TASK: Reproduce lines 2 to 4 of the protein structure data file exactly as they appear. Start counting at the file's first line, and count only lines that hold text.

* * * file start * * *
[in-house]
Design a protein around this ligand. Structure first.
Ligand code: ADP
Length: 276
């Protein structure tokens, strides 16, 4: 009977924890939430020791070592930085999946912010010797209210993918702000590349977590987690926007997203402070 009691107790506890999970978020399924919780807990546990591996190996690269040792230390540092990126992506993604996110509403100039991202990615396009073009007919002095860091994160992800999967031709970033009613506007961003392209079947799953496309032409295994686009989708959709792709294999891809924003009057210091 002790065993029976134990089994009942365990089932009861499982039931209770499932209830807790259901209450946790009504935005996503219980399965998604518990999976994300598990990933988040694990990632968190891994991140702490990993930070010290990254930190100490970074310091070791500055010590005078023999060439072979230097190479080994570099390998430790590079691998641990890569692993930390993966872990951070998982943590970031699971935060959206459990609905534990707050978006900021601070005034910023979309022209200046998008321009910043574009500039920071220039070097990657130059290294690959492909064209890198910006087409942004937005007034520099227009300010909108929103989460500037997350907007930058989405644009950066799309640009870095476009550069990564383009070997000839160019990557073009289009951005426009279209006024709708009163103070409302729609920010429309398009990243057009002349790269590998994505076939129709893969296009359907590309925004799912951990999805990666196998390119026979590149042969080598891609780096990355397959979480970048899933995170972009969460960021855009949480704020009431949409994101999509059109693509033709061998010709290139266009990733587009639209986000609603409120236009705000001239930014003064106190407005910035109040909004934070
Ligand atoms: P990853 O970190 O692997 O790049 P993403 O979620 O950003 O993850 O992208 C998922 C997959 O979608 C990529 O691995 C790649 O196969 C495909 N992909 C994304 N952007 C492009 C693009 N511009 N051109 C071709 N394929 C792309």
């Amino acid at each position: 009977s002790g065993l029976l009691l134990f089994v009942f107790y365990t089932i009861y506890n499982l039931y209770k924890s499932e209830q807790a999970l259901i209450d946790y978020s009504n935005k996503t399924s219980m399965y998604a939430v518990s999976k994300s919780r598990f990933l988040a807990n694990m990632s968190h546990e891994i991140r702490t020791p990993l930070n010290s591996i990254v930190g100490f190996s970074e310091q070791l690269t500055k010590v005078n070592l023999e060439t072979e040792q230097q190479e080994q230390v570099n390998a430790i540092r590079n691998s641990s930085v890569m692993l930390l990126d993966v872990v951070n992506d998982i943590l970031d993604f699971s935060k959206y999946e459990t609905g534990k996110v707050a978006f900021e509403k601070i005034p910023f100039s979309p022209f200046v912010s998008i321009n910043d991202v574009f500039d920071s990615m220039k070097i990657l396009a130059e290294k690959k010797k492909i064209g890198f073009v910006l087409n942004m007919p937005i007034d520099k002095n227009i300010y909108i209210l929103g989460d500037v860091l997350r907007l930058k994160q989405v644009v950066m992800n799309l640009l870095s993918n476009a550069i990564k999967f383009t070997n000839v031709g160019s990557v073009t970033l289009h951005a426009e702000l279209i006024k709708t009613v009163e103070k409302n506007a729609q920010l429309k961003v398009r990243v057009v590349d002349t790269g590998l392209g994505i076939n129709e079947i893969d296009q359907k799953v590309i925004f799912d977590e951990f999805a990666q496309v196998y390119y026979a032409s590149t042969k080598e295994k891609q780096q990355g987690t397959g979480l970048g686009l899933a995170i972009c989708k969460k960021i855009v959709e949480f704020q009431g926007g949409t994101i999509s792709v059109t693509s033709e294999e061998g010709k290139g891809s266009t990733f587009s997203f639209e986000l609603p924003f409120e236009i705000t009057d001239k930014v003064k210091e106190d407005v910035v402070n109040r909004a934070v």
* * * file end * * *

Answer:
Design a protein around this ligand. Structure first.
Ligand code: ADP
Length: 276